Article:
The February edition of the American Dental Association has as it cover story “Oral and General Health Benefits of Breastfeeding.” It quotes many studies that state that some of the following benefits for babies from breast feeding; 1- less acute otitis media, 2- protection against diarrhea, 3- more antibodies and bactericidal properties in breast milk that combat severe lower reparatory tract infections, 4- less necrotizing enterocolitis, 5-less incidence of infant Leukemia, 6- fewer cases of SIDS, 7-protection from developing asthma, and 8-less likelihood of developing obesity.
The rest of the story is the dental benefits for the developing child. Proper breastfeeding develops a flatter and broadened palate. This makes a child less likely to develop sleep apnea and also a significant reduction in malocclusion of the teeth, namely posterior cross bites. Proper positioning while nursing can have a positive effect for nasal development and nasal versus mouth breathing. If care is not taken while nursing in the cradling position or lying in bed, the baby’s nose can become covered or blocked. This develops the habit of mouth breathing. A baby can drink mother’s milk and breathe at the same time for the first 4 months or so of their life. This ability goes away as the throat lengthens and the larynx descends making speech more possible. Because of these early habits, mouth-breathing or chronic congestion, which is more prevalent in non-breast feed babies, leads to a foreword head posture, poor dental occlusion, developing TMJ and craniofacial anomalies, headaches etc. as a child develops into an adult. Chronic low oxygen due to a poorly developed airway or out-right pediatric sleep apnea can lead to or exacerbate attention deficit syndrome and other personality deficits.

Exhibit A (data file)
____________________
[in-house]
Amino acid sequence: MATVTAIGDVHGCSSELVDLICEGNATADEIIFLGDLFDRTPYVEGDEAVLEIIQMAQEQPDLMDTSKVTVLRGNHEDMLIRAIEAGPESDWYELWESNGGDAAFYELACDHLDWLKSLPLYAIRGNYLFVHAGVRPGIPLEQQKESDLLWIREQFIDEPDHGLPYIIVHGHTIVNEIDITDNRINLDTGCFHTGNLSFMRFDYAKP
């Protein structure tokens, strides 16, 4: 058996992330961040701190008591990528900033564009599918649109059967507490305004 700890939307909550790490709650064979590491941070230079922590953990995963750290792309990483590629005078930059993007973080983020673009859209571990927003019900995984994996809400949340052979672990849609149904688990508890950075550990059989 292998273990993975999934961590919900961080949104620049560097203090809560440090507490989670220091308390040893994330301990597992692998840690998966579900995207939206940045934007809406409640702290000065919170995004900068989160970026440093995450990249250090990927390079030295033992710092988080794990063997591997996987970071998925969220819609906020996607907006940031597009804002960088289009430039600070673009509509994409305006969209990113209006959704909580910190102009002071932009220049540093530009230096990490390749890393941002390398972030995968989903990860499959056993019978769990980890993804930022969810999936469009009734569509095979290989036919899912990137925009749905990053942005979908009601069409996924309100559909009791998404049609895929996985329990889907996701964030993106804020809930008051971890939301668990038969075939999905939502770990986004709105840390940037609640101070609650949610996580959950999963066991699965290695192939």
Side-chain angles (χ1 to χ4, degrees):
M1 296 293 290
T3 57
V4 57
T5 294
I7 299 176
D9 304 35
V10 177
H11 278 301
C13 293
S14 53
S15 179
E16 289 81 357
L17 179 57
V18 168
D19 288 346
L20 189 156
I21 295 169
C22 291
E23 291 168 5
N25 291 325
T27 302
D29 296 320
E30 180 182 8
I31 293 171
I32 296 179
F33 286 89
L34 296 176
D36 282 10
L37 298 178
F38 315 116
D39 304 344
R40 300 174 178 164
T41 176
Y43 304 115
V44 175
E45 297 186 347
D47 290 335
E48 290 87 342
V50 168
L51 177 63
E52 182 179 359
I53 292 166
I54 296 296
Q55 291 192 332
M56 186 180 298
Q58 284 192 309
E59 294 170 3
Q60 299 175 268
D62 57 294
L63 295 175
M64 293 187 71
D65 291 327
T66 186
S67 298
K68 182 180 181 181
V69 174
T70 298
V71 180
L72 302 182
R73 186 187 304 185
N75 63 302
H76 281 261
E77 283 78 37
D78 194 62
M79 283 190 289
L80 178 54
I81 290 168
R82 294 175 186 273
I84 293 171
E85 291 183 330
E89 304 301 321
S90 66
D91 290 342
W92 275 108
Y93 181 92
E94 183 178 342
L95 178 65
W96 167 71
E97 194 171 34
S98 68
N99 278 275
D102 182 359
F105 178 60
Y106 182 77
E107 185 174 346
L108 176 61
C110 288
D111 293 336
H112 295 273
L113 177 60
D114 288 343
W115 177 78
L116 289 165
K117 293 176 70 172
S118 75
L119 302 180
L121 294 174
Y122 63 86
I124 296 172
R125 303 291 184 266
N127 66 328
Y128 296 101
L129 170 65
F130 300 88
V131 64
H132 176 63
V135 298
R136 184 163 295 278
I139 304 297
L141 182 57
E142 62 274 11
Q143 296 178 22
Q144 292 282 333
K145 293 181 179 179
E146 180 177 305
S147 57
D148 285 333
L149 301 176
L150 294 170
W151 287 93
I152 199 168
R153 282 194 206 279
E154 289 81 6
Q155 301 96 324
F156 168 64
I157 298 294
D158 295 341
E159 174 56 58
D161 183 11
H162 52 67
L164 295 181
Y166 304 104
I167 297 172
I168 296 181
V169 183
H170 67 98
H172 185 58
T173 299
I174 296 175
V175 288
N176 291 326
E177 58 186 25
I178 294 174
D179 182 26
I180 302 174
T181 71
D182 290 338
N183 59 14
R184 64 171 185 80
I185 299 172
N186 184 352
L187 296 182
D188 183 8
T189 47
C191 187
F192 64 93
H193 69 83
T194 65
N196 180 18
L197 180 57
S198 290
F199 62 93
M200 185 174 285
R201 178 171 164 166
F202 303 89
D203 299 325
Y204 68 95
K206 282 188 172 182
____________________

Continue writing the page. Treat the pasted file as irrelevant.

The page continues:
Breast feeding as the sole source of intake for a baby is encouraged for 6 months with ongoing nursing for at least a year.